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'NATO-member Turkey flexing muscles against Kurds'

'NATO-member Turkey flexing muscles against Kurds'
The Turkish government is hitting against the part which is not as strong as Russia and other regional partners of Syria. They are hitting back at the Kurds – at the Kurdish civil society in Turkey, says Karin Leukefeld, Middle East journalist.

RT: Curfew, everyday clashes, talks and helicopters...is this an indication that Turkey is at the political tipping point?

Karin Leukefeld: Not yet, but the situation is actually escalating. We can see within a few months Turkey shifted from peace talks with the Kurdish movement towards open war against the Kurdish movement and population within its borders. So, it is a very dangerous situation.

RT: Many experts call Kurds the strongest force fighting ISIS on the ground. How doesn’t this give the Kurds more attention by the global community?

KL: I think what is happening in Turkey and the Kurdish area right now has a national, regional and international aspect. Nationally, I think Turkish government is trying to rally the most nationalist and Islamist parts of the society behind this very strong reaction towards the Kurdish population. And they want to show themselves as being very strong and to name the Kurdish movement – with which they have been talking for several years now – to name them terrorists as a pretext for something different…

The Kurds play a very important part in the struggle about Syria and the Syrian Kurds as we know have a close connection to the Kurds from Turkey. So, to hit the Kurds in Turkey means for the Turkish government to hit the Kurdish movement within Syria. And within Syria the Kurdish movement is fighting effectively against ISIS. So, ISIS in fact, is part of sort of an ally to the Turkish government, has been for quite a long time. And we see the US and Russia are backing the Kurdish movement within Syria. It is a very complex situation.

RT: Why do you think is the international silent about it?

KL: Definitely they deserve more attention. They deserve support for their political struggle, which is mainly about national, cultural rights. The West is backing down and is keeping silent about what’s happening there – it is really disgusting.

Turkey is a partner in NATO, they have the second strongest army within NATO, so it is a NATO army actually fighting against the Kurdish population in Turkey. And Turkey is trying to become a member of the EU, and the EU is keeping silent on what is happening. And they recently just agreed to give Turkey 3 billion euros to do something about refugees within Turkish borders. They are part of what is happening in Turkey against the Kurdish movement. The West is part of it.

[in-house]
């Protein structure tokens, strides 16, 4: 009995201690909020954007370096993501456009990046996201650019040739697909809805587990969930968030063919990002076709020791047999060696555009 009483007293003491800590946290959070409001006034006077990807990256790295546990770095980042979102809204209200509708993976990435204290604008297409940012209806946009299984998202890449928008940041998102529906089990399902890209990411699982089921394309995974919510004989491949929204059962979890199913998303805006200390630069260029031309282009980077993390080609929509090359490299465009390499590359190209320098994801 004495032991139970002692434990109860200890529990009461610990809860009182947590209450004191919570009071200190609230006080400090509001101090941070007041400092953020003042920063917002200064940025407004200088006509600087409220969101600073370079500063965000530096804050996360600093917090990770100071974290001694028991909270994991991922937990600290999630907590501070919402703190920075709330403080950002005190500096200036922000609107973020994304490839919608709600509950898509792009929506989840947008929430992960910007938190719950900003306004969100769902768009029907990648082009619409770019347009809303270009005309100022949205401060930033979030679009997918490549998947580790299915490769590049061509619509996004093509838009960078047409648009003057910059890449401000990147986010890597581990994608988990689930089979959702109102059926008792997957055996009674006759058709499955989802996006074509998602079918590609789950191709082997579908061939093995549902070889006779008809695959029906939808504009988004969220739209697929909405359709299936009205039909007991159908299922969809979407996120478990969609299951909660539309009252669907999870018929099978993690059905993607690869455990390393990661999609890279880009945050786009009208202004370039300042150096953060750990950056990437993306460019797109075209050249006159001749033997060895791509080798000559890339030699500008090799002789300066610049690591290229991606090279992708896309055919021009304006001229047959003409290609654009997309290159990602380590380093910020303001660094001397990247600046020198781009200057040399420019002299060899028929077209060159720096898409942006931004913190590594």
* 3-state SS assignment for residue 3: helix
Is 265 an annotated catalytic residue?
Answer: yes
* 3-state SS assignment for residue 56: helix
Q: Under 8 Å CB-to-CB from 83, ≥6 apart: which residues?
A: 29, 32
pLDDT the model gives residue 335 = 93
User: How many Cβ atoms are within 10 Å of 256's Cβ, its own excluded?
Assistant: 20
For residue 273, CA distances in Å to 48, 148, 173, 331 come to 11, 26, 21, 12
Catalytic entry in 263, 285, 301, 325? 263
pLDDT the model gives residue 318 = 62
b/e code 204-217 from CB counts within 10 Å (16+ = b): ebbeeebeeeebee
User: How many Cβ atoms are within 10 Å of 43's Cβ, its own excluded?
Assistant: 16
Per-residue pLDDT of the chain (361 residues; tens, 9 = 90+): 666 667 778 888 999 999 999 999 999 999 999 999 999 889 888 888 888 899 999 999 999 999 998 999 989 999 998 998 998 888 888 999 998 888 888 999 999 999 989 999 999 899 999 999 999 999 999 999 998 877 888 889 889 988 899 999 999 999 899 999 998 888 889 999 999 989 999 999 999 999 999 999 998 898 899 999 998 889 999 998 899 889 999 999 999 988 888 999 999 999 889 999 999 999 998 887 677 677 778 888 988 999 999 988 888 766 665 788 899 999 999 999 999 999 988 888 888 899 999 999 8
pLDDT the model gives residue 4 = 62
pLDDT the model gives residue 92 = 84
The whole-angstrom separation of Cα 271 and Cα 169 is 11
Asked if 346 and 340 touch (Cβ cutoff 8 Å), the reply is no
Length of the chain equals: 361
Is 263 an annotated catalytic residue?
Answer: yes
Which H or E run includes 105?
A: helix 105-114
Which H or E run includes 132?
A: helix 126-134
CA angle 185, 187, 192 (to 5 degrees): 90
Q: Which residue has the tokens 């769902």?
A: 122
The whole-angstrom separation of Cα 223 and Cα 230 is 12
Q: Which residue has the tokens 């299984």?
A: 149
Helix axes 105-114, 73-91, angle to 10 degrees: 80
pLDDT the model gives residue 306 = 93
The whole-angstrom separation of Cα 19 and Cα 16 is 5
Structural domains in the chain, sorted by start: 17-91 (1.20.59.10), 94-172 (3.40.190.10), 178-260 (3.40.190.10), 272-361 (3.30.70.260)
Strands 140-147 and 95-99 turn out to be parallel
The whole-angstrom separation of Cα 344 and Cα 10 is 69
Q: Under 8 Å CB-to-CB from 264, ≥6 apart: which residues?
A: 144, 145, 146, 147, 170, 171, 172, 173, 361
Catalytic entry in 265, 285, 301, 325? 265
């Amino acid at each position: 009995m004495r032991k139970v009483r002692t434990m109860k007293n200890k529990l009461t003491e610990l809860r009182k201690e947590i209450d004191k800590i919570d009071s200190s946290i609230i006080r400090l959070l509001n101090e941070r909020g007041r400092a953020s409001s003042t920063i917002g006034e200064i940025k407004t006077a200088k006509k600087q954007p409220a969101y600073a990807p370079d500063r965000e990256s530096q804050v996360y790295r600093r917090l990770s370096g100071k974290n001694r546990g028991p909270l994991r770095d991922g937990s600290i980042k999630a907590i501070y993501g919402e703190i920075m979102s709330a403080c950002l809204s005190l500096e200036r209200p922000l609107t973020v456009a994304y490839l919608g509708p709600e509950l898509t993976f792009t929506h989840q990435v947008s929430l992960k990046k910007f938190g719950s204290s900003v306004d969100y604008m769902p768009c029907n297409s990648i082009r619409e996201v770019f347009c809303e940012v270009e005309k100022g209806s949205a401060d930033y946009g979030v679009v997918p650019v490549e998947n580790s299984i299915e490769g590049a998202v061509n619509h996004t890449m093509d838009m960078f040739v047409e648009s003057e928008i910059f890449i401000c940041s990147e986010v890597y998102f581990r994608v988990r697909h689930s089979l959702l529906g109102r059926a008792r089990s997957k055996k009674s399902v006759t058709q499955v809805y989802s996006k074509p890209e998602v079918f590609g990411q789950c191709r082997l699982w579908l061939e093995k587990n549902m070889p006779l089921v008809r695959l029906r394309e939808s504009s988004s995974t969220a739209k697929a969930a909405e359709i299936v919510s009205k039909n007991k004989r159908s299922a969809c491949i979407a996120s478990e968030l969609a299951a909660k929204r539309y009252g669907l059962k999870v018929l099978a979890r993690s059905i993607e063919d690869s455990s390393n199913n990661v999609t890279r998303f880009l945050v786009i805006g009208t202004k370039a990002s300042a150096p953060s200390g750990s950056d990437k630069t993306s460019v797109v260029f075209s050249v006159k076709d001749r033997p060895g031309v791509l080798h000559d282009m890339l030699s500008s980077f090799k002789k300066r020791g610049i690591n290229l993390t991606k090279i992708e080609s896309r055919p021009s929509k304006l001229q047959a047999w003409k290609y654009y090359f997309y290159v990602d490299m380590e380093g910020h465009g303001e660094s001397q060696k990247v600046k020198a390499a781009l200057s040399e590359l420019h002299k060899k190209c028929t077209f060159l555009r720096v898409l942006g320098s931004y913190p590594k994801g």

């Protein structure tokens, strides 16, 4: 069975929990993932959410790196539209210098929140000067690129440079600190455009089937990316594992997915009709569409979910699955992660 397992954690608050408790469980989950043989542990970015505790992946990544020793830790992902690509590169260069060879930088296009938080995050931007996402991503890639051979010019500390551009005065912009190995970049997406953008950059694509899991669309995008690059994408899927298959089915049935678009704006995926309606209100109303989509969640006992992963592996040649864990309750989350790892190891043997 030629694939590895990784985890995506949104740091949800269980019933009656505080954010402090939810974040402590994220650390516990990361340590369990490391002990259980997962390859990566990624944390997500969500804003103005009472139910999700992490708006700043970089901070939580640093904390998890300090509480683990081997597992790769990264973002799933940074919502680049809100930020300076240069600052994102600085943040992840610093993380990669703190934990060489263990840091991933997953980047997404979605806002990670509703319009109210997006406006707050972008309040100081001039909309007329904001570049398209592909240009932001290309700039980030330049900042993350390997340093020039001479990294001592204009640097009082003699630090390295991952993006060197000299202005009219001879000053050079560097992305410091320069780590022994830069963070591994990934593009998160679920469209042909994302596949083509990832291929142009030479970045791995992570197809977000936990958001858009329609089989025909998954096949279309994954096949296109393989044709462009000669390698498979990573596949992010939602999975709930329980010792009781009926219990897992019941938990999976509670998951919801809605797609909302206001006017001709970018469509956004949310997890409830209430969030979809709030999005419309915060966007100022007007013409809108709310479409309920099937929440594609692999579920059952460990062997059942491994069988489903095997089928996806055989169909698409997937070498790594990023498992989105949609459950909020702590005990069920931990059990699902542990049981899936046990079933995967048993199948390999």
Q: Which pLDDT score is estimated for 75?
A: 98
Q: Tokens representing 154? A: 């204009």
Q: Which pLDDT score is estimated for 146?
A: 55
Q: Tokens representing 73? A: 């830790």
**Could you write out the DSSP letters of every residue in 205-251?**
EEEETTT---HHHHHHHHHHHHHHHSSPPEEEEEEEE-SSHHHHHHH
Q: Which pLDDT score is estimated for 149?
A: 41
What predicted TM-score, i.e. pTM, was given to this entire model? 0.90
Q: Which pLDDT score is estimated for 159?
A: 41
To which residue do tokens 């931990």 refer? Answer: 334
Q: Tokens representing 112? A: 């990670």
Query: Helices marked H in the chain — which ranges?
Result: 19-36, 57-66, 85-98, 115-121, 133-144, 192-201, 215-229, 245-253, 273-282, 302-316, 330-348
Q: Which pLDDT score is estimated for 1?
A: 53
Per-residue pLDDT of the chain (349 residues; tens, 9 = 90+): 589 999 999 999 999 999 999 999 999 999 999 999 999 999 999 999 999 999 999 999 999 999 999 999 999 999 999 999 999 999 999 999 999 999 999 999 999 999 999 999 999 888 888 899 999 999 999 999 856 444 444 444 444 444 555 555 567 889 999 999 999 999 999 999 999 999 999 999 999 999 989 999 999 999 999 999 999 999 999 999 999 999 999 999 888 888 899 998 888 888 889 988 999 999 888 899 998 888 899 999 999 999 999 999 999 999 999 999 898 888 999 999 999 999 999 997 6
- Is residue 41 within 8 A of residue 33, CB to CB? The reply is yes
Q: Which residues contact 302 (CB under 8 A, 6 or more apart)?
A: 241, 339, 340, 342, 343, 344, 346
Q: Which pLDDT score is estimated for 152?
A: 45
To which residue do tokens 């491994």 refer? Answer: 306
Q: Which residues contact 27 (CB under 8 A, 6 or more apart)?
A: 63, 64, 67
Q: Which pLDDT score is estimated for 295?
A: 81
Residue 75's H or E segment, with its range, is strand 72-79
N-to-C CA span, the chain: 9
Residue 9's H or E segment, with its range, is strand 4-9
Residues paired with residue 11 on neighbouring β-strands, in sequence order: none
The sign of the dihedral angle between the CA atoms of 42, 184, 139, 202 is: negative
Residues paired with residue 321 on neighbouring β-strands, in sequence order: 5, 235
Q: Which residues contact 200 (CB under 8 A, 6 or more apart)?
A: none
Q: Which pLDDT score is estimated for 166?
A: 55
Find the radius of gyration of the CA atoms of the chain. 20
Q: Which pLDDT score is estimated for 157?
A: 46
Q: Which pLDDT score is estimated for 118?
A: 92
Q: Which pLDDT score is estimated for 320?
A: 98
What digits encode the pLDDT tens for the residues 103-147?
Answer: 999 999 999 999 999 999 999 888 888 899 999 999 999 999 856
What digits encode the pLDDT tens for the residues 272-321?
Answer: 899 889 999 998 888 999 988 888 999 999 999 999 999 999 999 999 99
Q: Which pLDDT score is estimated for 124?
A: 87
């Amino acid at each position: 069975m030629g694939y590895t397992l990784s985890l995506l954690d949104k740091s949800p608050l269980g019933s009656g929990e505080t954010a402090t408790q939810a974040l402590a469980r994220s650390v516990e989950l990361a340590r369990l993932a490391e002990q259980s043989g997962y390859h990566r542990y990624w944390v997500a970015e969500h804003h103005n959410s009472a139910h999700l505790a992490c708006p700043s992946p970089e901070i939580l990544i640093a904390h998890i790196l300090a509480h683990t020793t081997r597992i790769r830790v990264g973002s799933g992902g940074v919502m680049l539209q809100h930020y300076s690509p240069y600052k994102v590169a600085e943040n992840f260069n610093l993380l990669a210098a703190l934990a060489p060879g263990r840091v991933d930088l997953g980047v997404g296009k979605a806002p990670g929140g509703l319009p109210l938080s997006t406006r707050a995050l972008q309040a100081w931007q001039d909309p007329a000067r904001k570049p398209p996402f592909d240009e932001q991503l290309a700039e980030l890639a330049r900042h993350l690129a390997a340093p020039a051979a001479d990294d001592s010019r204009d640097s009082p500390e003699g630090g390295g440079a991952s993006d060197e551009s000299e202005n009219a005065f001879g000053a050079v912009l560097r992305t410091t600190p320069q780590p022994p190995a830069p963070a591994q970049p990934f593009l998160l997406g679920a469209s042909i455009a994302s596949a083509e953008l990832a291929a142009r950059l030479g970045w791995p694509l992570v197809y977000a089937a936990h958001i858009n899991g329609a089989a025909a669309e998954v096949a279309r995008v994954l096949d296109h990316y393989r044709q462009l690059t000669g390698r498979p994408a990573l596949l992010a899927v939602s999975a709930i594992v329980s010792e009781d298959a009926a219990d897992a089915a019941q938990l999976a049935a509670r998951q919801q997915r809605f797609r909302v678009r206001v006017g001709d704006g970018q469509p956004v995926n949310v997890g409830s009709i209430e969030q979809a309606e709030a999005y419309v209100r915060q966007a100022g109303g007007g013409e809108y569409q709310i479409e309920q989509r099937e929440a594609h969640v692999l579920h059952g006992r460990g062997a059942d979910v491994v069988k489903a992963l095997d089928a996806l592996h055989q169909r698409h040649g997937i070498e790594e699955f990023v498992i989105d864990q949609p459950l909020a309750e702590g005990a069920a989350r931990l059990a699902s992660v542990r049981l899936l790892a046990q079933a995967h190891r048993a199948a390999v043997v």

In Germany we heard the voice of the Left party who called for the government to stop selling weapons to Turkey, and they called the foreign minister to travel to Ankara to speak with the Turkish government about what is happening in the Kurdish areas. But this is a lonely voice among a lot of silence. It is very embarrassing for the European Union.

RT: How do you evaluate the global media coverage of the developments in the south-east of Turkey?

KL: The media is just like the Western politics. Our media here in Germany, we have a few reports, actually, but not enough for what is happening there – more than 100 people have been killed within Turkish cities inhabited by mainly Kurdish population. And we have a big Kurdish community in Germany and they have been very active, but politically wise they have kept silent. The media, you know, we have Christmas and when we have such a huge crisis and fighting around the Christmas days, the media has a prefabricated program and they just keep reporting what they have been planning for long weeks. I find it very embarrassing also as a journalist that the media are keeping silent about it.

RT: What do you make of Turkish government’s true intentions there?

KL: I think they want to show muscles. [Turkish Prime Minister Ahmet ] Davutoglu has said we are going to annihilate the Kurdish movement, the PKK, which is not possible. They are too strong politically and also militarily. The Turkish government wants to show muscles not only towards the Kurds, and its own Turkish population, but also regionally. They are a partner with Saudi Arabia and this new military alliance which Saudi Arabia announced. And they want to show muscles towards Russia who is a very strong player in the area backing the Syrian government. And this is something that Turkey cannot digest.

Turkey wanted to break Syria, bring the Syrian government down and now they see they cannot get through with their plans. And I think they are hitting against the part which is not as strong as Russia and other regional partners of Syria. They are hitting back at the Kurds – at the Kurdish civil society in Turkey, which is very bad.

The statements, views and opinions expressed in this column are solely those of the author and do not necessarily represent those of RT.